The Denton Turkey Roll ride was today, but that is not what this is about. Though invited to the Denton ride, I gave up on it after a busy week and a long list of waiting chores. Unexpectedly, I was able to persuade my sweet bride to shuck the chores for lunch in Muenster.
That means I was able to actually pre-ride the route of the December 19th, First Annual Fall Finale Forty-mile County Path Ramble. This time I used the bicycle, and this time I actually tried the food at the destination point.
The slide show above illustrates some of the highlights. I am actually more excited than ever about the prospects of a successful BABBLE group ride. Before I continue, let me apologize to Paul of Doohickie fame. This post is intended as a helpful resource to those that will be able to attend, not as a torture device for those who are not.
A few lessons learned...
1. My original schedule estimate of 4 hours for the ride was pretty close. I did it slightly faster than that, but with group dynamics, it might be more like 4.5 - 5 hours. I do not mean to imply that I'm faster than you guys, I just know how it is when any group of folks travel together. Stops, for snacks, water, photos, etc., just last longer.
2. Parts of the route might get a little muddy. With the light rain/drizzle overnight, the low spots were a bit wet. I was glad to have my fenders. At first, I was afraid that the fenders would clog with clay and gravel, but that did not happen.
3. Some parts of the route are a little rugged. I say this in the context of using a standard road bike. In my opinion, using anything narrower than a 28mm tire would be less than desirable. Use 32mm or more if you have 'em. There's some washboard, sizable gravel, and pot holes to deal with. It might be wise to bring more than one spare tube and/or a good patch kit.
4. The Rosston store at the approximate midway point is a pretty good spot for a break. They have refreshments and a rest room. If you want a real breakfast, they have that too. In the slide show photo, my bike is leaning up against what I believe to be an authentic hitchin' post. After all, the place has been there since 1879.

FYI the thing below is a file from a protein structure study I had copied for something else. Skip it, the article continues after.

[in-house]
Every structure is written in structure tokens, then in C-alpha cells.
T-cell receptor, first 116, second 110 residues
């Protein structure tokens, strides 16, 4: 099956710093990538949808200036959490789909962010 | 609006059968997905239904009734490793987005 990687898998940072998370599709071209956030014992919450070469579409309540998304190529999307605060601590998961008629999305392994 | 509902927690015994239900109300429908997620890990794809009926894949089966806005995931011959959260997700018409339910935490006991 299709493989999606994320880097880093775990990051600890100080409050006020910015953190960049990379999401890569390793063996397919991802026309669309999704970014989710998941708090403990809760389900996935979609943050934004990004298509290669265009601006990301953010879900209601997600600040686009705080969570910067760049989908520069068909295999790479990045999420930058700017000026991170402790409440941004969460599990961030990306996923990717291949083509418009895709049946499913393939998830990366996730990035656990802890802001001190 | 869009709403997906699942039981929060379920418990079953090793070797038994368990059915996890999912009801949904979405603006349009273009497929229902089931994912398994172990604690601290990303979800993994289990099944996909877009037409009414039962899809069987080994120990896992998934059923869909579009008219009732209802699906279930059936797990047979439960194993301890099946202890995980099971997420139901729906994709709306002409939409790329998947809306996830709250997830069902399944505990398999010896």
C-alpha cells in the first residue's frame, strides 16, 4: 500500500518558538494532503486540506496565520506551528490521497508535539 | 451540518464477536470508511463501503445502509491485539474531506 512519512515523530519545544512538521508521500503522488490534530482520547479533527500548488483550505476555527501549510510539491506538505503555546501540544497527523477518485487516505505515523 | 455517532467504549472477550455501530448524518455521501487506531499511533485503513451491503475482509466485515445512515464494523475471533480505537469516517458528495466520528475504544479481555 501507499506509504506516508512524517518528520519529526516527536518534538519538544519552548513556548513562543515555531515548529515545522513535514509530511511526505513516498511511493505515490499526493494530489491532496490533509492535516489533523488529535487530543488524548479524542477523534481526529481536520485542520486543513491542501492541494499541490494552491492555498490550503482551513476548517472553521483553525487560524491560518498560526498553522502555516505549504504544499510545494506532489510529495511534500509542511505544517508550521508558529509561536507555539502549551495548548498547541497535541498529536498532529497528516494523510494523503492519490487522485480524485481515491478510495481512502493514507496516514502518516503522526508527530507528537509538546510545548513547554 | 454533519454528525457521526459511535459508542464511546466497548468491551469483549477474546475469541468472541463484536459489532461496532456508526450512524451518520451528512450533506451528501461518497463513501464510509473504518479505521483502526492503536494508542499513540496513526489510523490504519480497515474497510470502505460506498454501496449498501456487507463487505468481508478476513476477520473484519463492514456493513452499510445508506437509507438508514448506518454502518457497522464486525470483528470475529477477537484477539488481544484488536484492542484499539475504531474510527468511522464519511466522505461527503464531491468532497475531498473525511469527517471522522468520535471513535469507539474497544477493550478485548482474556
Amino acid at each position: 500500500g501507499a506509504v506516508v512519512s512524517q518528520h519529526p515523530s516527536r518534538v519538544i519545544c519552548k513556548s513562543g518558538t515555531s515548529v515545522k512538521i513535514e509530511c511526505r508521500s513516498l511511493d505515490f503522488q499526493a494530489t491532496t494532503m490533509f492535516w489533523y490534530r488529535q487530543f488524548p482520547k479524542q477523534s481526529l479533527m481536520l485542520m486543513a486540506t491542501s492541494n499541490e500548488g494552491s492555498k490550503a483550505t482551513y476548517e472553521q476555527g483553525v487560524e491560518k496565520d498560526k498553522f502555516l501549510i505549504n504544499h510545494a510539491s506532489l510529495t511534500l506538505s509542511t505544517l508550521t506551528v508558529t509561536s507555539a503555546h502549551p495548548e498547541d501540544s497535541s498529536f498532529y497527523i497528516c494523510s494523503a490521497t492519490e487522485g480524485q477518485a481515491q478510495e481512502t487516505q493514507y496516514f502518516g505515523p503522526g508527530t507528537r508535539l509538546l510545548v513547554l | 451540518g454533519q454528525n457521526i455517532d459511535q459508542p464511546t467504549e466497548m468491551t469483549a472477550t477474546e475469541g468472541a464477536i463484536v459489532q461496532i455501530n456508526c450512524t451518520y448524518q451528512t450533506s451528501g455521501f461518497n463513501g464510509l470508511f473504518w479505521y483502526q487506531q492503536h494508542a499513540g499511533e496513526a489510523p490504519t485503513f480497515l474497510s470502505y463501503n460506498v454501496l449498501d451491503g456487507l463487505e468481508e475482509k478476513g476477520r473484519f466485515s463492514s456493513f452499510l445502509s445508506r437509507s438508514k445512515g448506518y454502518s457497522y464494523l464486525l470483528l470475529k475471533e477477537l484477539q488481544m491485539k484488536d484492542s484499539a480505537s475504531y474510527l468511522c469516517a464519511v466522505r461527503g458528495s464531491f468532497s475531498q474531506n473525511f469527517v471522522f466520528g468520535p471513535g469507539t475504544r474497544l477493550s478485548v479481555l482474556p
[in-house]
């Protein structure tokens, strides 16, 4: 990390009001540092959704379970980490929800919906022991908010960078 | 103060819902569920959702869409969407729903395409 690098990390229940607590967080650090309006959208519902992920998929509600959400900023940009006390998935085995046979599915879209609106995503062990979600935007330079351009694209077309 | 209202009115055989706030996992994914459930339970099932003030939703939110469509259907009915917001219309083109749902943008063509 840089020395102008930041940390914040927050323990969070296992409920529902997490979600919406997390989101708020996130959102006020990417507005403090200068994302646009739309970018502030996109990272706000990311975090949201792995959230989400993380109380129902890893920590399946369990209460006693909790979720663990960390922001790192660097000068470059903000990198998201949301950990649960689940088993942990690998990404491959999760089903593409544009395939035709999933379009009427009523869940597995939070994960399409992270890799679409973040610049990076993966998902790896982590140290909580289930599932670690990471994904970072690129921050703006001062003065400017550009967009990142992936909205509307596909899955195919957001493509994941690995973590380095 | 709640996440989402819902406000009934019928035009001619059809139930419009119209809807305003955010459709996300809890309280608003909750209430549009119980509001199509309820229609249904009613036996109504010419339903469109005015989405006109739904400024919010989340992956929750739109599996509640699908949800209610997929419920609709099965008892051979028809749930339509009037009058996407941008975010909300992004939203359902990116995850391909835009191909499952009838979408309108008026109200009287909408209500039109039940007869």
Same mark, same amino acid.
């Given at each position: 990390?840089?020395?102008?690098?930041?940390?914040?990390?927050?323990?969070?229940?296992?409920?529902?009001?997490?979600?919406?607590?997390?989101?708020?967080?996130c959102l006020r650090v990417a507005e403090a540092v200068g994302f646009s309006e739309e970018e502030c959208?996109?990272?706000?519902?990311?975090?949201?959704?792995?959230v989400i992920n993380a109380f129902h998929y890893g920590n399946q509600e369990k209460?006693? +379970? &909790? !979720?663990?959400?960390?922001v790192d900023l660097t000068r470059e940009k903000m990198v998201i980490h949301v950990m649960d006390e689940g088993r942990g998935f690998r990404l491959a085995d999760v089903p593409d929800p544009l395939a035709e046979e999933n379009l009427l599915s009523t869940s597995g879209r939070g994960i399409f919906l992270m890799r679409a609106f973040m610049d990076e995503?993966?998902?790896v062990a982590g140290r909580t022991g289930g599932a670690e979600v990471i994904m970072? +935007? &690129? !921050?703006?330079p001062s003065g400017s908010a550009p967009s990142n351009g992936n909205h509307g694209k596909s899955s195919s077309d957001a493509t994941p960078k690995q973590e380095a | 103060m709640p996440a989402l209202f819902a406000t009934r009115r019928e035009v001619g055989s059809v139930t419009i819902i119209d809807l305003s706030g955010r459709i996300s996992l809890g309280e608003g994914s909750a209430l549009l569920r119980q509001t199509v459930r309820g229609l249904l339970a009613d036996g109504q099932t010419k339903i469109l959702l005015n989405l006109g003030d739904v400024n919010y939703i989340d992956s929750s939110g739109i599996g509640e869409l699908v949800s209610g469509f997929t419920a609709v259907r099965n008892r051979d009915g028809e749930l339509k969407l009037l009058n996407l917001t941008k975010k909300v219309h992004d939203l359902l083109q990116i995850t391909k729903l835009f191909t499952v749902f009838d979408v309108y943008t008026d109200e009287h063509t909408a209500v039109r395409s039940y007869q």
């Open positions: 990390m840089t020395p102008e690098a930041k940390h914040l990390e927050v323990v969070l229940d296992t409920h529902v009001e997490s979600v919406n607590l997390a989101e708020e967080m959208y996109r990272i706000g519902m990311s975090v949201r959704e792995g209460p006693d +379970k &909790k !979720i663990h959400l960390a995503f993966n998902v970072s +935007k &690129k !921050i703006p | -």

5. Bring your climbing legs, boys. I'm not saying it's mountainous. It's not even Austin, but my guess is that the hills are slightly larger and slightly more numerous than what is typical in the DFW area.
6. I think lunch will be pretty good. I had some of the local German sausage, and thought it was tasty. They also have a reasonable salad bar, and the desserts looked fantastic. I didn't have pie today. Next time, I'm saving room for pie. Our waitress, said to ask for her when we come in December and she'll take good care of us.
I had a great time and am looking forward to sharing the next trip up there with friends.
Looks absolutely lovely! Can't wait to read accounts of the group ride.ReplyDelete
keepin' fingers crossed that i can make it to this one! thanks for the detailed post!!ReplyDelete
I'm excited for you. That looks like a fantastic ride and I hope you have a good turnout. So far our RCCS rides have had very very mild turnouts save the "normal" road rides. I'm planning a 70miler in the country near here with 3-4 sections of gravel, but no volume like yours.ReplyDelete
Too bad it takes so long to drive from KY to TX. It might be worth the trip.
I'm looking forward to this. I'm hoping I don't slow you guys down too much.ReplyDelete
I wish I could go.ReplyDelete
What time are you riding, and when do you think you'll be back to Sanger? Maybe.... maybe....
Paul, here is probably a best case. If this works we can work in contingencies. The plan is to roll out from my house at 8:00, arrive in Muenster around noon, have lunch and depart for the return trip at 1:00. The return trip via auto should take about 45 minutes. So arrive at my house at 1:45...BEST case scenario. My guess is that it'll actually be more like 3:00 or 3:30.ReplyDelete
I am excited about the route, spending time with an old friend, and meeting some new folks. I am leaning toward the mountain bike as my choice of transportation. Tell Janet, I'm just not man enough for the road bike.ReplyDelete
Keith, when you decide for certain to use the mountain bike, please let me know. I would like to offer to loan my fat tires (that I mentioned to you previously) to someone in need.ReplyDelete